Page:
Software problem "pauses" LightSail mission

Software problem "pauses" Ligh...
The LightSail satellite is locked up due to a software glitch
The LightSail satellite is locked up due to a software glitch
View 2 Images
Atlas V launcher carrying the LightSail satellite
Atlas V launcher carrying the LightSail satellite
The LightSail satellite is locked up due to a software glitch
The LightSail satellite is locked up due to a software glitch

The Planetary Society says that its LightSail solar sail mission has been "paused" due to a software glitch, which has frozen the onboard computer in a fashion all too familiar to terrestrial technology users. Launched on May 20, the satellite, which is about the size of a loaf of bread, ceased transmitting at 5:31 EDT (21:31 GMT) on May 22 due to what engineers believe is a design flaw in the avionics software.

The LightSail CubeSat reportedly operated as planned after its launch atop an Atlas V rocket from Cape Canaveral Air Force Station as a piggyback payload along with the US Air Force's X-37B unmanned spaceplane. As it passed over ground stations operated by Cal Poly San Luis Obispo and Georgia Tech, its power and temperature levels indicated nominal operations as data packets were transmitted back to Earth every 15 seconds.

The Society says that the problem was that every time LightSail transmitted a packet, it stored a copy in a datafile file called beacon.csv. This continued until the file reached 32 megabytes and crashed the system. This was a shortcoming that was already known to the manufacturer of the avionics board and the Society had planned to transmit a fix, but the computer froze before this could be carried out.

Atlas V launcher carrying the LightSail satellite
Atlas V launcher carrying the LightSail satellite

The flight team compares the problem to that of an ordinary Earthside computer that fails to respond and needs to be restarted. As anyone who has used a computer for any length of time knows, simply giving the machine an order to reboot won't work if the computer isn't responding, which means manually turning it off and on. This appears to be the case with the LightSail, which has failed to respond to restart commands. The LightSail has a power switch installed, but that isn't of much use.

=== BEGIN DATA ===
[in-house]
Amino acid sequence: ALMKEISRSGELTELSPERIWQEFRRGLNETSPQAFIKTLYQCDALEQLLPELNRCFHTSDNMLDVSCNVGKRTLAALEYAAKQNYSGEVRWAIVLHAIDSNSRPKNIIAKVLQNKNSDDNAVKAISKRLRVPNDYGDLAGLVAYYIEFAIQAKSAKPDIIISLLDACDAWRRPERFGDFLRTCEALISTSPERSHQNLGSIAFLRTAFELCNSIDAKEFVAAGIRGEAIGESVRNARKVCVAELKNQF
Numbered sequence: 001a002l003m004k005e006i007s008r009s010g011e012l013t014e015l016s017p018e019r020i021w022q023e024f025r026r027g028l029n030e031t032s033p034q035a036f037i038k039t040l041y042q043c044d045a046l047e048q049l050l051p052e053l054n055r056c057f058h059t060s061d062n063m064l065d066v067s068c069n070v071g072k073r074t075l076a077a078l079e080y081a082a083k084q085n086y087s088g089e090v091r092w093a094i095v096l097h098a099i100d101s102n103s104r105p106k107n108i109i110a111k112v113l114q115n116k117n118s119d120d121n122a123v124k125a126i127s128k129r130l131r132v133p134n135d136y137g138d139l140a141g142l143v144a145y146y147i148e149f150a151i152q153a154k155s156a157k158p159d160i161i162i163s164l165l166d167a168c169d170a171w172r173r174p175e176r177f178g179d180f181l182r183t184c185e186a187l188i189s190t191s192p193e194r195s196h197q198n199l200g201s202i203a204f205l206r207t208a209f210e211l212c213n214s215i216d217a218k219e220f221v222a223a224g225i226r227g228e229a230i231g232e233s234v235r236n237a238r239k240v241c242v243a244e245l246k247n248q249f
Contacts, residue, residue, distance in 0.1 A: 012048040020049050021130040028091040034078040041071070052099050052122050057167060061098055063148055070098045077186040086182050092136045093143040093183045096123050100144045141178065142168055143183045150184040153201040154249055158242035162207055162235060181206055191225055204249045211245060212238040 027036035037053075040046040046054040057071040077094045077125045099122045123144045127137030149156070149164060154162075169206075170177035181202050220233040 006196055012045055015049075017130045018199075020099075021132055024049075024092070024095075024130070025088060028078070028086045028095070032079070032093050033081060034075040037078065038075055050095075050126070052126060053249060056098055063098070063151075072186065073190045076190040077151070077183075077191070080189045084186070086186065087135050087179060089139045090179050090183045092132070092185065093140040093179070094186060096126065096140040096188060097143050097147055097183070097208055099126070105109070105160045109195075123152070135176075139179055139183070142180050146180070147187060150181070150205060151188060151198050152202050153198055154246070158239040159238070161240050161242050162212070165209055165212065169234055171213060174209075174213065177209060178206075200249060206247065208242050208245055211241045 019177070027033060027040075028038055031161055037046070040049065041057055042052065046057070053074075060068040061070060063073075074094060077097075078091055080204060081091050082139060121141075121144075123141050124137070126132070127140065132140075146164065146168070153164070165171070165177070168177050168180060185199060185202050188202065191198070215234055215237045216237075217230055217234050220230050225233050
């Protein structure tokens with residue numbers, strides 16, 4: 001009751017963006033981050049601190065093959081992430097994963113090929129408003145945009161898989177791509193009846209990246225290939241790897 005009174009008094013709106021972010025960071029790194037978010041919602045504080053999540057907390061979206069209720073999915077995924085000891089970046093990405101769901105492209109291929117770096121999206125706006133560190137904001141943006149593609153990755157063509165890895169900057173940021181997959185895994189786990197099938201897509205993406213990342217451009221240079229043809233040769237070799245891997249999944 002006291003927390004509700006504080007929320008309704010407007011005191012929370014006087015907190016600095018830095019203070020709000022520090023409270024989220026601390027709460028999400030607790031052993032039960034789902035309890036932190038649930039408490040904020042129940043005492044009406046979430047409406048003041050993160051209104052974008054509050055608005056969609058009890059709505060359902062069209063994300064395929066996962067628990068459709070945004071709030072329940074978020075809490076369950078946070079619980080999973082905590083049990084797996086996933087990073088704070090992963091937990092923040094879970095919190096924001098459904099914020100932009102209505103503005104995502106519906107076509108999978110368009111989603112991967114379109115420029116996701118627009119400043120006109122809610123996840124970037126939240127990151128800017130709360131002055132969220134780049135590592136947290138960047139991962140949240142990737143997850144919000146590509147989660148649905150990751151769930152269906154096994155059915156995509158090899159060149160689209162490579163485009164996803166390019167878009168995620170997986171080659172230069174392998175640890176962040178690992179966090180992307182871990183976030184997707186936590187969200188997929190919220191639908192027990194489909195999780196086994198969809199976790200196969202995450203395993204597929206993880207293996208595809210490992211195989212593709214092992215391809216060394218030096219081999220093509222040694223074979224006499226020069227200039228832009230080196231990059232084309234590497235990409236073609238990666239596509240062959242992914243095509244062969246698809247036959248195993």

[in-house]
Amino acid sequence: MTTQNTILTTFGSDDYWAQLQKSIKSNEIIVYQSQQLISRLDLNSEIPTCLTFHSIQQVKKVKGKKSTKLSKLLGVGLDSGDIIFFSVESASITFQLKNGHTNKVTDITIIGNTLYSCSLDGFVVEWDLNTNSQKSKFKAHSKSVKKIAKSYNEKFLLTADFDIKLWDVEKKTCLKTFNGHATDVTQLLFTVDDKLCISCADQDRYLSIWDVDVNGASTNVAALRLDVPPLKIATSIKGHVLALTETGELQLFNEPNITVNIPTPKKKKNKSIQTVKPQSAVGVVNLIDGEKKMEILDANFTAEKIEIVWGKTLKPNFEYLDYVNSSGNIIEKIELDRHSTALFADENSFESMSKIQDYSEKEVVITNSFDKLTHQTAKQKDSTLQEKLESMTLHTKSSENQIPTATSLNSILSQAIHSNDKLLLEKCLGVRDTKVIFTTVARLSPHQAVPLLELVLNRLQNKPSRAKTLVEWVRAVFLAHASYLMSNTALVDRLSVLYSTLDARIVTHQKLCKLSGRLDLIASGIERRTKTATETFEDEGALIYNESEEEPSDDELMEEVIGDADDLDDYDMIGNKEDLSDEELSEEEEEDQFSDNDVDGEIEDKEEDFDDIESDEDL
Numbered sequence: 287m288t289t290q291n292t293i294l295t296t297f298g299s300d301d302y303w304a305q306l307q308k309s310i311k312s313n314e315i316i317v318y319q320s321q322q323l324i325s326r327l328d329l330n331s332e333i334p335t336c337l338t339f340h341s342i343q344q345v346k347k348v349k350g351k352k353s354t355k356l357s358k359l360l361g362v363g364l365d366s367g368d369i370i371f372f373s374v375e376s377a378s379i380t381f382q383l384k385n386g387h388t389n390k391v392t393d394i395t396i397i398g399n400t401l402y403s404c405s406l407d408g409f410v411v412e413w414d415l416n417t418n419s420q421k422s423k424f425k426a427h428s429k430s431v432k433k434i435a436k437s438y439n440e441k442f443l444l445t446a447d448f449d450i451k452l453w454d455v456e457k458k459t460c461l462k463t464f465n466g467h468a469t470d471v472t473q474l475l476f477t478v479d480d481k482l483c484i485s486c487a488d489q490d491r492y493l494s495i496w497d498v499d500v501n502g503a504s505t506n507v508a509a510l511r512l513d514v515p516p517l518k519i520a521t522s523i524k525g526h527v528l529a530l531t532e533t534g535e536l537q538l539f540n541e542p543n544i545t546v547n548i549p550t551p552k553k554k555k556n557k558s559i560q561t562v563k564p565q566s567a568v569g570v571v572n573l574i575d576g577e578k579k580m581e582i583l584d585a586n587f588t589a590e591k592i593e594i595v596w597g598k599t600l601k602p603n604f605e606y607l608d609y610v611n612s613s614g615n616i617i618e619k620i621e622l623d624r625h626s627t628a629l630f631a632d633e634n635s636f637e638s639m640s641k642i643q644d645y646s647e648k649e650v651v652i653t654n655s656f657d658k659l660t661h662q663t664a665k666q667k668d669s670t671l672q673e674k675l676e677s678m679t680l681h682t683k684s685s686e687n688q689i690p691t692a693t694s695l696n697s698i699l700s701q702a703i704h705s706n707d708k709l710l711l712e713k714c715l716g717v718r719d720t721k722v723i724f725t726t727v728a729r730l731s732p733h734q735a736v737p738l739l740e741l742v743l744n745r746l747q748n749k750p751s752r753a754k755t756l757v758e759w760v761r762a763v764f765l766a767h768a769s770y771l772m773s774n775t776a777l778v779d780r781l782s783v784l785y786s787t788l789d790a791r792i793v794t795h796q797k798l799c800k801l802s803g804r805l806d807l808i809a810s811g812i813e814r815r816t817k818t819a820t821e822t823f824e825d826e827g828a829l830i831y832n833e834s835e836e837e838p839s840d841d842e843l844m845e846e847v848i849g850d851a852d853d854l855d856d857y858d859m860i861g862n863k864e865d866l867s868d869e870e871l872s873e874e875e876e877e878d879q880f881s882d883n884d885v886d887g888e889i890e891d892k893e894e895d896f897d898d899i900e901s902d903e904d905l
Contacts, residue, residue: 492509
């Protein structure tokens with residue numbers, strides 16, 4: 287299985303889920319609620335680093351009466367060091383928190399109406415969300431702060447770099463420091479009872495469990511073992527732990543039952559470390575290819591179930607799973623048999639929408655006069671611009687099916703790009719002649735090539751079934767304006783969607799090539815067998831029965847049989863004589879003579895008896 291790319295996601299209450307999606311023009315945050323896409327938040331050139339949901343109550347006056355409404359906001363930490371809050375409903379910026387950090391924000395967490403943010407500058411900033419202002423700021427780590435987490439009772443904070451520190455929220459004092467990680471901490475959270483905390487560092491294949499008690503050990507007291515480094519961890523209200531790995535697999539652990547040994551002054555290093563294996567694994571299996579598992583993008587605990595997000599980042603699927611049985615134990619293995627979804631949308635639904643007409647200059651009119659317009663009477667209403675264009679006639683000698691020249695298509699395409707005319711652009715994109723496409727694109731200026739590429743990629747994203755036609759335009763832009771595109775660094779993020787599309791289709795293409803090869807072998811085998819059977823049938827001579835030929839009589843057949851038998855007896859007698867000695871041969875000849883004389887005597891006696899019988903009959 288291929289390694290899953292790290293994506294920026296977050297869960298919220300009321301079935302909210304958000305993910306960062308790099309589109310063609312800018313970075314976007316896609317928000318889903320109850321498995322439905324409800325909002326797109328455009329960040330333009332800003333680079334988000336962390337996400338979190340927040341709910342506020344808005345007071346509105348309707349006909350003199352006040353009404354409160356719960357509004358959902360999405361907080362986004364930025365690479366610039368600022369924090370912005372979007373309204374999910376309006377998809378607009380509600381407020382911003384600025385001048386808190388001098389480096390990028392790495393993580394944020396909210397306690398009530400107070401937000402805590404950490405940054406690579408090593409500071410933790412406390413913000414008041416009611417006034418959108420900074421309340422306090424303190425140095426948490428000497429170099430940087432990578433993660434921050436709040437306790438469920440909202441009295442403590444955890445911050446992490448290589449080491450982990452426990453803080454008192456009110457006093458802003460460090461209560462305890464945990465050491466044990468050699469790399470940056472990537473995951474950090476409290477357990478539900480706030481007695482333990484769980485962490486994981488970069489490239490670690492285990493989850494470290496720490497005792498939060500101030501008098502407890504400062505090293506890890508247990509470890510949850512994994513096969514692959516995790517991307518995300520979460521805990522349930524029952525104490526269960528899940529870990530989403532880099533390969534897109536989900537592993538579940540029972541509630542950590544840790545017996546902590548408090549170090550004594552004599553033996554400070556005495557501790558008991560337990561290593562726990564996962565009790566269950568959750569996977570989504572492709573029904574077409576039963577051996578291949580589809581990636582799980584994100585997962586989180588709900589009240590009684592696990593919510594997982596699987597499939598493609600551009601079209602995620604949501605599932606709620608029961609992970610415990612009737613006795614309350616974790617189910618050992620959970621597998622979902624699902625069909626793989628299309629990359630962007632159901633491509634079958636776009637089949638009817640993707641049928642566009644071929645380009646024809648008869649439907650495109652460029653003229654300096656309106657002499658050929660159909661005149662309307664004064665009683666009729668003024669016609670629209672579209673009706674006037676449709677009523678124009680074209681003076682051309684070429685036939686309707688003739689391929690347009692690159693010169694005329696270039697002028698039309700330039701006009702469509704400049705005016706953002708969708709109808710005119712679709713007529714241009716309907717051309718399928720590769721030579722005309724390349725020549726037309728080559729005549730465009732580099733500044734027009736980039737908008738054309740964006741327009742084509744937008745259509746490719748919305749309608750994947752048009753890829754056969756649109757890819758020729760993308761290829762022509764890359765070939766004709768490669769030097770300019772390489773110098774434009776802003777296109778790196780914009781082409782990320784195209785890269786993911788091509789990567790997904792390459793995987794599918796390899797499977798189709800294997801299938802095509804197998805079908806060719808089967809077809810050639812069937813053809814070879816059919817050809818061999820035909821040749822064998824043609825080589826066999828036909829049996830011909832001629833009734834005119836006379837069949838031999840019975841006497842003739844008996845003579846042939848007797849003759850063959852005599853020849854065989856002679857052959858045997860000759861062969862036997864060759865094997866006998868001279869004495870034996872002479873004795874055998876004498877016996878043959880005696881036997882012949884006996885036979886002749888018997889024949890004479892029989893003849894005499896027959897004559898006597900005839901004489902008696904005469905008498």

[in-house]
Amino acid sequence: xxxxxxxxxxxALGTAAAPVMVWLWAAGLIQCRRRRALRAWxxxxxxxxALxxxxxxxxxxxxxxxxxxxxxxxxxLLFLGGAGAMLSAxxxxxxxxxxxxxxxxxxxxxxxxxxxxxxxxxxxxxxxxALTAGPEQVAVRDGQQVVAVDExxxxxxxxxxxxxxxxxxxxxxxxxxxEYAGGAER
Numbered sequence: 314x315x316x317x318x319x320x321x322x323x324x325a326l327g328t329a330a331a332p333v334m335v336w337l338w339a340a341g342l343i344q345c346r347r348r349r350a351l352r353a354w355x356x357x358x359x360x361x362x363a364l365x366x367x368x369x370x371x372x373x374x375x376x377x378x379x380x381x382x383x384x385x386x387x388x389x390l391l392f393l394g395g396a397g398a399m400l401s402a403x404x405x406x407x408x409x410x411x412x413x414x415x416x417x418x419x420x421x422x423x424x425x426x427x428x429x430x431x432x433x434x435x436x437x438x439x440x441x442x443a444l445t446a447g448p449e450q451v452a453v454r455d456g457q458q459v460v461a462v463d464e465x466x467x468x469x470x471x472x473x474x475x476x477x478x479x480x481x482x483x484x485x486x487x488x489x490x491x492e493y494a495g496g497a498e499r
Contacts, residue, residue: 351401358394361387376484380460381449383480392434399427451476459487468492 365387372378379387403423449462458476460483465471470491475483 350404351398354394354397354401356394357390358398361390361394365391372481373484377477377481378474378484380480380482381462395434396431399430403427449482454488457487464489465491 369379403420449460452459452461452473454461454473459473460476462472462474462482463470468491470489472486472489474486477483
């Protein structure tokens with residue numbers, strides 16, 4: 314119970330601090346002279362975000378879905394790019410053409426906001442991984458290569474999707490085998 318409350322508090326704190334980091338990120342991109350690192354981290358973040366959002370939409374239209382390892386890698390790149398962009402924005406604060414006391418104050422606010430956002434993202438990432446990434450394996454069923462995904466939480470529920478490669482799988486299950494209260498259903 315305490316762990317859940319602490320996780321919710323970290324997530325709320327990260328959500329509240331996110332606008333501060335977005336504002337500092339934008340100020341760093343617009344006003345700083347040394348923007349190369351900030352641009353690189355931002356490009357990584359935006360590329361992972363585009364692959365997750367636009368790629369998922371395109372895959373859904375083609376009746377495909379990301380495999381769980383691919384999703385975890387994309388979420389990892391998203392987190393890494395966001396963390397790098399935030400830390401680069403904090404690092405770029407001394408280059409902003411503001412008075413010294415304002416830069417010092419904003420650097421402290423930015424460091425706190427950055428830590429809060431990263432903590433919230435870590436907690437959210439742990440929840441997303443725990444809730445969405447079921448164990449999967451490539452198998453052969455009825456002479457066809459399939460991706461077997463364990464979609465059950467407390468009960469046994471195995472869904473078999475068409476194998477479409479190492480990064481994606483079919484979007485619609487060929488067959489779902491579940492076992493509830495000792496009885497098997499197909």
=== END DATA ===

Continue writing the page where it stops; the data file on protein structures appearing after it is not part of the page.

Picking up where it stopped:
"There’s nobody in outer space to push that reset button," says Planetary CEO Bill Nye.

The team is now hoping that either the satellite will respond to repeated commands that are being sent automatically, or the electronics will be struck by cosmic rays – an event that often causes satellites to reboot themselves.

The LightSail was built by the nonprofit Planetary Society as a technology demonstrator for a non-rocket propulsion system that uses a Mylar sail to turn the light of the Sun into thrust in a similar way to a sail boat catching the wind. The Society says that if it does manage to reboot the spacecraft, it will be ordered to deploy its solar sails as soon as possible to begin the test program and move it to a higher orbit. Failing this, the satellite will be able to continue in orbit for another six months.

Source: The Planetary Society

Are they stupid? What a waste of everything to be worthless as to not patch such a big. I hate our new software model: "Build it as fast as possible and then patch it every week." It wasn't more than 10 years ago that we still made 4gb games that you could play through for 100 hours and it would never crash. If space people want to make software, they need to hire big big single player or mmo game developers because those products HAVE to be stable. I can't say stupid enough times for these kind of programmers.
So they launched it _knowing_ it had a software flaw and .. What ? Thought it would just be ok ?
I guess that's what the X-37B was for - as backup in case of a problem - to recover the Light Sail and bring it safely back to earth.
Charles S Roscoe
Typical, garbage in, garbage out.
LOL - I had that the same exact problem on my weather station transmitter. Unfortunately, rebooting doesn't help. When the file system is full, you've got to get in there and clean out some room, which you cannot do by uploading anything new to do that, because there's no room...
Game over.
This is good learning - recovery/backup systems need to be more robust than this, which this expensive slap-in-the-face has taught them now.